As his eclectic résumé suggests, Pallache undertook a lot of risks in his career, often crossing the already blurry lines “between legitimate commerce, smuggling, and privateering.”[1] Pallache returned to Amsterdam where complaints against his dodgy dealings had mounted in his absence. The Dutch and Moroccan governments were disenchanted with him, but he remained an informer for the Spanish crown. After a career of extreme peaks and valleys, Pallache died in poverty in 1619.

Pallache is not a paragon virtue; he’s more of an anti-hero (anti-hottie?) than anything. But he embodies the complexities of identities and spaces that can initially seem mutually exclusive. As a Jew, Pallache was marginalised in both Christian-ruled Eurasia and Muslim-ruled Morocco. However, his world was one in which (much like today) a variety of religious, socio-political and economic factors paradoxically mutually reinforced and undermined hostile social divisions. Though he died broke, during his career Pallache played different prejudicial regimes against one another in order overcome (to an impressive degree) the marginalisation that Jews faced in North Africa and Eurasia alike.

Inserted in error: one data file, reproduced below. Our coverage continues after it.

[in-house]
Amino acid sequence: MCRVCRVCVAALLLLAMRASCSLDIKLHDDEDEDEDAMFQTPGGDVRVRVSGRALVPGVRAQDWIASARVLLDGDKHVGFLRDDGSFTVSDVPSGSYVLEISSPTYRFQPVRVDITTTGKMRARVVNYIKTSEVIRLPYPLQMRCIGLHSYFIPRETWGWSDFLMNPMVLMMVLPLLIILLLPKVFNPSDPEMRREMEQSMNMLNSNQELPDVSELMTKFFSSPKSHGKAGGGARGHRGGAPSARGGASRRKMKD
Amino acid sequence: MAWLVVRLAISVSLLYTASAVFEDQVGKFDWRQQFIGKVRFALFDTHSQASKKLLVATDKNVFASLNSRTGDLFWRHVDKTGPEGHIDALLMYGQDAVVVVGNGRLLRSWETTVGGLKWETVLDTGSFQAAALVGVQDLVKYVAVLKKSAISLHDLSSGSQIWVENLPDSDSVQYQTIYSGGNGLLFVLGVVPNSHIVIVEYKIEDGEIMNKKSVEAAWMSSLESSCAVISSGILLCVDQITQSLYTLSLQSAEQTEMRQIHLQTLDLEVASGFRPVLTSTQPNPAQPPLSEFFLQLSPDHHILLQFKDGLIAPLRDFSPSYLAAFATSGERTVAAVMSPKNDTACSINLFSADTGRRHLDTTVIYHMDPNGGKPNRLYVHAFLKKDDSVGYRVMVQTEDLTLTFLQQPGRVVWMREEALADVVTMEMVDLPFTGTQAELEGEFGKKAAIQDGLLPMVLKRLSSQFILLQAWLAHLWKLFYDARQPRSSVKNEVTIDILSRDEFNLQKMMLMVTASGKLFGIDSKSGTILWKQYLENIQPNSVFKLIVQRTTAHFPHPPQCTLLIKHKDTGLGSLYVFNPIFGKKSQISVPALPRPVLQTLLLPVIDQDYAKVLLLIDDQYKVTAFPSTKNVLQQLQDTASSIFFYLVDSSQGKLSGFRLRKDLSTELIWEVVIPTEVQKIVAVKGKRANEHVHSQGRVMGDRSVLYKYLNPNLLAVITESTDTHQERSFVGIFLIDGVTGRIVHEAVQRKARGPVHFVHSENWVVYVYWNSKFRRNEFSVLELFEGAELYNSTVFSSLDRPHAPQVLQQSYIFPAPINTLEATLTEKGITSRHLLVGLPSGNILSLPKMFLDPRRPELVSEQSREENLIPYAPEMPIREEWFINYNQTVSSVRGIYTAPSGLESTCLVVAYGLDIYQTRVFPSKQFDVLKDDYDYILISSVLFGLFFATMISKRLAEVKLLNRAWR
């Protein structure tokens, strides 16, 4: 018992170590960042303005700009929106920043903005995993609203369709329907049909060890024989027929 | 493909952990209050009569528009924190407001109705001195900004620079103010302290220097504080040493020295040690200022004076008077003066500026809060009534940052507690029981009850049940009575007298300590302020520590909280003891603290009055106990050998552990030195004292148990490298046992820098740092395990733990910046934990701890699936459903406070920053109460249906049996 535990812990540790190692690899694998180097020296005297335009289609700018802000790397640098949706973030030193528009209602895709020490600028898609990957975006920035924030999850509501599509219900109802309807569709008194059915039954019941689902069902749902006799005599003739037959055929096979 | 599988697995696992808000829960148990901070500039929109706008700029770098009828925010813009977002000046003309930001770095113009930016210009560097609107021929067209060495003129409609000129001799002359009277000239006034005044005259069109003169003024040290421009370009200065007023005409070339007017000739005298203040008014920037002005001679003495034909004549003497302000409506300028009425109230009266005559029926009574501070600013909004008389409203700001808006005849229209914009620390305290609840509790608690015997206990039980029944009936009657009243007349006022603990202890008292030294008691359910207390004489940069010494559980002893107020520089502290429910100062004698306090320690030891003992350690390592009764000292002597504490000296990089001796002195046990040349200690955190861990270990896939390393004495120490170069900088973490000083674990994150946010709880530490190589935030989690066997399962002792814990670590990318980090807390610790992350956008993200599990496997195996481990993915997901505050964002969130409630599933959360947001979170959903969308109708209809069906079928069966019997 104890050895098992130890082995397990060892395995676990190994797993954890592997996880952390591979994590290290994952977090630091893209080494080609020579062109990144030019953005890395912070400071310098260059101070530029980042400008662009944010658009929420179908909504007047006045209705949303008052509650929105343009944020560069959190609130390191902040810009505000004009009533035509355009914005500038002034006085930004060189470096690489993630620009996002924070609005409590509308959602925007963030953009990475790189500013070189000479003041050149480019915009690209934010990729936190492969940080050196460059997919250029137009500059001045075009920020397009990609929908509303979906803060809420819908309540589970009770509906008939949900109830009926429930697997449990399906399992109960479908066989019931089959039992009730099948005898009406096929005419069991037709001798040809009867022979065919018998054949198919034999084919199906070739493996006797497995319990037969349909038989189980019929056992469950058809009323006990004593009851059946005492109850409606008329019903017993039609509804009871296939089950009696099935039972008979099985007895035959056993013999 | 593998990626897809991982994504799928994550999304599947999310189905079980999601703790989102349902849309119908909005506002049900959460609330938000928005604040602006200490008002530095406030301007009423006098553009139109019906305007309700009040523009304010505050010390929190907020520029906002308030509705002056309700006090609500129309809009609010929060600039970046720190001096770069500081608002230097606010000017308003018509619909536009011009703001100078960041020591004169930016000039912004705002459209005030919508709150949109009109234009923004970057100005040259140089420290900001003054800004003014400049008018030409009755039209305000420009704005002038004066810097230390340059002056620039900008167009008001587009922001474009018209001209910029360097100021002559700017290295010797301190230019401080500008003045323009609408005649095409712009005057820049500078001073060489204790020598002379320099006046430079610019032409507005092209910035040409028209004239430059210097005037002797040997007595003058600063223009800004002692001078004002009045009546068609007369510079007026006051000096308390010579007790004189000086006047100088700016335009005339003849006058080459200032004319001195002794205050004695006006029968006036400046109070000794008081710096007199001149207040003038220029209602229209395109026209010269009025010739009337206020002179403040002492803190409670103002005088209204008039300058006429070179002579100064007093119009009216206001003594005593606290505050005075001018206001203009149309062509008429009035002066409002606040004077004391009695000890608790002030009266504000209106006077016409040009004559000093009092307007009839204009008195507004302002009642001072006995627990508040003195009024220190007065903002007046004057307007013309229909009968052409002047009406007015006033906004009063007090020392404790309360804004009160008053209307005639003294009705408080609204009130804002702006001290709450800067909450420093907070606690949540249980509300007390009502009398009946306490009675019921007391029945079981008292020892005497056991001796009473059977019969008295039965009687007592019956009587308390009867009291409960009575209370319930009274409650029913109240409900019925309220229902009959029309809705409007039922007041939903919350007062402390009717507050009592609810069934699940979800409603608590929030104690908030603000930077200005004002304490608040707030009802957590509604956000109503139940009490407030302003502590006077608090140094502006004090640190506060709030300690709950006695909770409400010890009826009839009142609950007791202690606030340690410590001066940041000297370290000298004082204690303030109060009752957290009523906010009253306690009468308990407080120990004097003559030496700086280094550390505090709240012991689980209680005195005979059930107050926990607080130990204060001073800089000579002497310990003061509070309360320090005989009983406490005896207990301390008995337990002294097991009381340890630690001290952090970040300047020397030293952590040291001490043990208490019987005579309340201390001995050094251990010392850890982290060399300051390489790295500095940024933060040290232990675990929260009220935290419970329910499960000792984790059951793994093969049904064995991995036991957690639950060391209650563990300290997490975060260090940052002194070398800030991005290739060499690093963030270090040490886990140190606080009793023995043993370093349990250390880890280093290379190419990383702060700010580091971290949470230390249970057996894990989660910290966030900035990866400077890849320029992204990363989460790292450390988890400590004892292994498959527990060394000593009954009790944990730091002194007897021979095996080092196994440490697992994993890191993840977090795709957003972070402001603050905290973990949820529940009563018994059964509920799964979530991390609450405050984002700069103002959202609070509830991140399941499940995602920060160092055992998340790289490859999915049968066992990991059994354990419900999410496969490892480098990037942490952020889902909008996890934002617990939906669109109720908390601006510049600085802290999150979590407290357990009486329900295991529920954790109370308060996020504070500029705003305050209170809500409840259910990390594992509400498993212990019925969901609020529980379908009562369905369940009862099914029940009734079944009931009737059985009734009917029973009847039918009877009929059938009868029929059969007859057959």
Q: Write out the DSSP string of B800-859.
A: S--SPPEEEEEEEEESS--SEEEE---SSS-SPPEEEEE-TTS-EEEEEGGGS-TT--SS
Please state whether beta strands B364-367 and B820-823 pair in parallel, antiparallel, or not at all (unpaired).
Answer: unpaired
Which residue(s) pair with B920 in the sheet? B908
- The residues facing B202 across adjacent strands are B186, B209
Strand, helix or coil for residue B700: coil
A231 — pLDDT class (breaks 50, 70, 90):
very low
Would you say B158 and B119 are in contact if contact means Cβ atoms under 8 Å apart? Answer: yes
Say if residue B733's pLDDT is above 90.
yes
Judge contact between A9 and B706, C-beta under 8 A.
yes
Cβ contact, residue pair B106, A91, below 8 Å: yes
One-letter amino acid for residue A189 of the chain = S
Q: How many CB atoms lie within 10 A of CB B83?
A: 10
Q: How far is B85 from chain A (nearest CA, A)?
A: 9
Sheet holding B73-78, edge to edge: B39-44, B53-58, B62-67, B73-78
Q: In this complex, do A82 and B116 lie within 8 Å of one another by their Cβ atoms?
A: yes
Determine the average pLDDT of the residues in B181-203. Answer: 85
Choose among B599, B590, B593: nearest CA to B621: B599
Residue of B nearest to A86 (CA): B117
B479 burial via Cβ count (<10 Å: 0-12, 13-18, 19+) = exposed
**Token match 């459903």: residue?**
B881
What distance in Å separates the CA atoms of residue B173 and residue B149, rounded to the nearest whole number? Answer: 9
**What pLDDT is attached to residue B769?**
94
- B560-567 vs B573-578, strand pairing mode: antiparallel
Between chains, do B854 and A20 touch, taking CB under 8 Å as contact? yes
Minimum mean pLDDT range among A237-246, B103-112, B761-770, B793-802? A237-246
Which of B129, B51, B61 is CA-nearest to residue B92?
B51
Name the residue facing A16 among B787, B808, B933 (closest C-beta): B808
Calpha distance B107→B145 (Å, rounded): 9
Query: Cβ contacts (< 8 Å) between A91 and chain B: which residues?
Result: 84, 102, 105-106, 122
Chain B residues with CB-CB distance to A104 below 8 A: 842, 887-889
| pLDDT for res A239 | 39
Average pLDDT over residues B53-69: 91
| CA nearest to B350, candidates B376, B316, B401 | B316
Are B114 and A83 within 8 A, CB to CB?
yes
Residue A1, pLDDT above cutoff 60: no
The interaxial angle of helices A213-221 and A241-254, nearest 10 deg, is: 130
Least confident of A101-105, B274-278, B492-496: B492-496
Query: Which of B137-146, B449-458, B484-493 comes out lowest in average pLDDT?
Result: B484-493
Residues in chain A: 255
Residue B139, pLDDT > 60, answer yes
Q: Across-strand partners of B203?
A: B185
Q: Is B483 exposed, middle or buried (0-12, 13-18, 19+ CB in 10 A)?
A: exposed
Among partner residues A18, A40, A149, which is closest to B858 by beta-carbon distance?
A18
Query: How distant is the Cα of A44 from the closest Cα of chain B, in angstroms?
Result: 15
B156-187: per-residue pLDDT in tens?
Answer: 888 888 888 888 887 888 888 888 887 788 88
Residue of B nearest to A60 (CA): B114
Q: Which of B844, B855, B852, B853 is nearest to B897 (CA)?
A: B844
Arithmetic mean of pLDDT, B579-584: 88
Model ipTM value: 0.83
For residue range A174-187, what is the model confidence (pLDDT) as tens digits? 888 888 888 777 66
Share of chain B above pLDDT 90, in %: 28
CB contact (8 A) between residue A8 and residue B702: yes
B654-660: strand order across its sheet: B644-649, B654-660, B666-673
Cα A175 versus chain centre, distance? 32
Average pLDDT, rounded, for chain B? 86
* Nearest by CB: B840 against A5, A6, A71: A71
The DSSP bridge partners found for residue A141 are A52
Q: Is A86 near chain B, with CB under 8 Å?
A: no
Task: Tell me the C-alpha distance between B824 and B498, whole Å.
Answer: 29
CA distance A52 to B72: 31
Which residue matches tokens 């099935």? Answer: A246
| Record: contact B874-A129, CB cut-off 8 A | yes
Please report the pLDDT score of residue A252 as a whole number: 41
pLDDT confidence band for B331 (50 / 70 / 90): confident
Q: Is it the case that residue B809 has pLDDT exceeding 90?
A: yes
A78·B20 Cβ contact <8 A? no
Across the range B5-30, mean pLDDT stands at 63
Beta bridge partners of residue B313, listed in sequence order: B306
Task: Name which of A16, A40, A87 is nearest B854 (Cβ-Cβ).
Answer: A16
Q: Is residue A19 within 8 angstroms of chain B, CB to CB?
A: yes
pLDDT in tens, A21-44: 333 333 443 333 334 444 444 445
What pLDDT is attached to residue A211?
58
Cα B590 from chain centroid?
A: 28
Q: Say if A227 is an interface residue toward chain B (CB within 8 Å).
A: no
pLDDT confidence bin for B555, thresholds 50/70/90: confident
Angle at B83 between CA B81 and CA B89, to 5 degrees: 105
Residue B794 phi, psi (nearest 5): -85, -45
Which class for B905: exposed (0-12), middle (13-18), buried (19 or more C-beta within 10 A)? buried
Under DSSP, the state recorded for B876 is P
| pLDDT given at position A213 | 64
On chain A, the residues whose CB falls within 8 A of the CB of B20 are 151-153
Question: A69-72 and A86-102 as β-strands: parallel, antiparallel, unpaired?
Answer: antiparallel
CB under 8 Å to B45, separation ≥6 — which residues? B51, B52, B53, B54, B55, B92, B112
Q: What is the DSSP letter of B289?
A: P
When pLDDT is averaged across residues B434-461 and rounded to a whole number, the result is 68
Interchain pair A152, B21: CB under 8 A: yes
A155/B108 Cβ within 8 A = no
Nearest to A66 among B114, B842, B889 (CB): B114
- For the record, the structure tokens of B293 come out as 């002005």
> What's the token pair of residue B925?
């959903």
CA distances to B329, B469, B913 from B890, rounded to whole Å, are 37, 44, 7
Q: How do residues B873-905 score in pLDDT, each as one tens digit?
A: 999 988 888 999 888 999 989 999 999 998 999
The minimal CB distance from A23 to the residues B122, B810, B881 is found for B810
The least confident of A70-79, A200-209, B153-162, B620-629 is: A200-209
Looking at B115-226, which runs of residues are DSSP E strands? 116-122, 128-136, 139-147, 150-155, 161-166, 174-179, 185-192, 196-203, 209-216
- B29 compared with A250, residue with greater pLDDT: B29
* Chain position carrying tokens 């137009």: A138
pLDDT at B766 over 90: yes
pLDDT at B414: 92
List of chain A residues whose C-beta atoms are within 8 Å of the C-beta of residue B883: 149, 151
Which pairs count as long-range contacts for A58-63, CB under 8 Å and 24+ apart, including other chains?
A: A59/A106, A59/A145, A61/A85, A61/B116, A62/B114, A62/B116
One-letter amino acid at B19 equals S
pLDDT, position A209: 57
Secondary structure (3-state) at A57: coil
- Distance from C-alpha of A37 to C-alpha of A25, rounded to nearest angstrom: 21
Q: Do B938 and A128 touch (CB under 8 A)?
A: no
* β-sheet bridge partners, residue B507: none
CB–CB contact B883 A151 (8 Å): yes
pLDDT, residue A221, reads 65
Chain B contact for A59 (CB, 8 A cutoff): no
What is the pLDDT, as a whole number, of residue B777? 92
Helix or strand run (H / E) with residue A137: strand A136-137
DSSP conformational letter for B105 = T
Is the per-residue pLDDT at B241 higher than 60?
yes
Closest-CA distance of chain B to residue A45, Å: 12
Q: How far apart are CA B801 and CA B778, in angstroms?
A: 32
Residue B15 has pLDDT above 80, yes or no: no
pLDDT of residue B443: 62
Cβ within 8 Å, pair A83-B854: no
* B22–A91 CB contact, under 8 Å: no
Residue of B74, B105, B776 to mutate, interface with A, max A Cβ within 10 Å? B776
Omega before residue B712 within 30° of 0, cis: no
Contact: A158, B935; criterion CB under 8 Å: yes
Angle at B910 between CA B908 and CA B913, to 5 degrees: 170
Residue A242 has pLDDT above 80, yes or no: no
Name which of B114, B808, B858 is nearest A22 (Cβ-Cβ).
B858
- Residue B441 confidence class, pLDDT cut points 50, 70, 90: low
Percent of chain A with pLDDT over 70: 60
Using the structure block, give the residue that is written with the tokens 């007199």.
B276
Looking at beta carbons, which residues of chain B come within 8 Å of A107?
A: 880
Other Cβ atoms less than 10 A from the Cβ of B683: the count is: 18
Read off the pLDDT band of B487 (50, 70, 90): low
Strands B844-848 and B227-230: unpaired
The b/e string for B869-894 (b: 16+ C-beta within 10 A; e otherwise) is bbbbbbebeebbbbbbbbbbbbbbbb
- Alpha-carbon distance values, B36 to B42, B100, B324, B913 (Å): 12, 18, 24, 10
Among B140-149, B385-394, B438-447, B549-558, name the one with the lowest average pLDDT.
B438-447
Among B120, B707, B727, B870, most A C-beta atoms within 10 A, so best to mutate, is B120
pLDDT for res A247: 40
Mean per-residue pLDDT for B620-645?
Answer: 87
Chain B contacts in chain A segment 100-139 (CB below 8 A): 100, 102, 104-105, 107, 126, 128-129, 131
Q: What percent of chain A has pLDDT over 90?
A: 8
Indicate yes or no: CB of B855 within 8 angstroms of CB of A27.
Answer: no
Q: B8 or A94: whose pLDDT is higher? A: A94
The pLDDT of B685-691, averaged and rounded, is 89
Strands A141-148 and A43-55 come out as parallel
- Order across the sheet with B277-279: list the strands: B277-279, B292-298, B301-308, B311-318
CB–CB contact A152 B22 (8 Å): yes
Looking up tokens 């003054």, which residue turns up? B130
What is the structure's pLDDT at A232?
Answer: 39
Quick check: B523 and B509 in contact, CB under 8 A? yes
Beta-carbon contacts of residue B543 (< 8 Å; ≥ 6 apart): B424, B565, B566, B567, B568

~S

*converso is the term generally used to refer to Jewish converts to Christianity, forced or voluntary.

This post is indebted to García-Arenal and Wiegers’ revisionist biography of Pallache.

[1] Mercedes García-Arenal and Gerard Wiegers, A Man of Three Worlds: Samuel Pallache, a Moroccan Jew in Catholic and Protestant Europe, trans. Martin Beagles (Baltimore: Johns Hopkins University Press, 2003), 75.

 

 

Samuel Pallache